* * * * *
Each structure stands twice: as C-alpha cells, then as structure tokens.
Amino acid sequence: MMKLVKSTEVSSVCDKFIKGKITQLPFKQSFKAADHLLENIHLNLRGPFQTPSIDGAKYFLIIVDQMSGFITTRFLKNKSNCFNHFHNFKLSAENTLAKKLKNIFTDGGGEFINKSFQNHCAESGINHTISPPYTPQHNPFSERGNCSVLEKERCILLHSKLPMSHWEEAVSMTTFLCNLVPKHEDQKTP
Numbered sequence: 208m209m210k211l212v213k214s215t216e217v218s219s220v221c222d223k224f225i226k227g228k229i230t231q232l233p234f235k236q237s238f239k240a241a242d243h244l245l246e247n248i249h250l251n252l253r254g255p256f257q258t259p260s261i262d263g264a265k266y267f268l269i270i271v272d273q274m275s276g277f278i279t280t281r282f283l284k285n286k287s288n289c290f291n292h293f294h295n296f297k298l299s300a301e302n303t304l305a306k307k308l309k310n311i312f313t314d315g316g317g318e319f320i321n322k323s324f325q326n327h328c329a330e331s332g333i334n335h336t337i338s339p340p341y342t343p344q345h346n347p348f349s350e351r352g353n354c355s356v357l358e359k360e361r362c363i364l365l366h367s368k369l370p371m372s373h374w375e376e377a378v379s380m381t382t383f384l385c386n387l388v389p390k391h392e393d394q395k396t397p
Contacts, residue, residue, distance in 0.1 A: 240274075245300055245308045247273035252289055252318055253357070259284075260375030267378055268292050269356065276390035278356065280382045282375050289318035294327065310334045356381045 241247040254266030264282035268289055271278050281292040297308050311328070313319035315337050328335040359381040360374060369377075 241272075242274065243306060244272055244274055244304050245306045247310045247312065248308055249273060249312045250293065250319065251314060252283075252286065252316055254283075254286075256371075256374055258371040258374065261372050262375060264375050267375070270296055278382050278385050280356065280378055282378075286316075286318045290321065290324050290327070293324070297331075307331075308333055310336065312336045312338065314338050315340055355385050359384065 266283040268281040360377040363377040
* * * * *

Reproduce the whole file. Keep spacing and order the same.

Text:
Each structure stands twice: as C-alpha cells, then as structure tokens.
Amino acid sequence: MMKLVKSTEVSSVCDKFIKGKITQLPFKQSFKAADHLLENIHLNLRGPFQTPSIDGAKYFLIIVDQMSGFITTRFLKNKSNCFNHFHNFKLSAENTLAKKLKNIFTDGGGEFINKSFQNHCAESGINHTISPPYTPQHNPFSERGNCSVLEKERCILLHSKLPMSHWEEAVSMTTFLCNLVPKHEDQKTP
Numbered sequence: 208m209m210k211l212v213k214s215t216e217v218s219s220v221c222d223k224f225i226k227g228k229i230t231q232l233p234f235k236q237s238f239k240a241a242d243h244l245l246e247n248i249h250l251n252l253r254g255p256f257q258t259p260s261i262d263g264a265k266y267f268l269i270i271v272d273q274m275s276g277f278i279t280t281r282f283l284k285n286k287s288n289c290f291n292h293f294h295n296f297k298l299s300a301e302n303t304l305a306k307k308l309k310n311i312f313t314d315g316g317g318e319f320i321n322k323s324f325q326n327h328c329a330e331s332g333i334n335h336t337i338s339p340p341y342t343p344q345h346n347p348f349s350e351r352g353n354c355s356v357l358e359k360e361r362c363i364l365l366h367s368k369l370p371m372s373h374w375e376e377a378v379s380m381t382t383f384l385c386n387l388v389p390k391h392e393d394q395k396t397p
Contacts, residue, residue, distance in 0.1 A: 240274075245300055245308045247273035252289055252318055253357070259284075260375030267378055268292050269356065276390035278356065280382045282375050289318035294327065310334045356381045 241247040254266030264282035268289055271278050281292040297308050311328070313319035315337050328335040359381040360374060369377075 241272075242274065243306060244272055244274055244304050245306045247310045247312065248308055249273060249312045250293065250319065251314060252283075252286065252316055254283075254286075256371075256374055258371040258374065261372050262375060264375050267375070270296055278382050278385050280356065280378055282378075286316075286318045290321065290324050290327070293324070297331075307331075308333055310336065312336045312338065314338050315340055355385050359384065 266283040268281040360377040363377040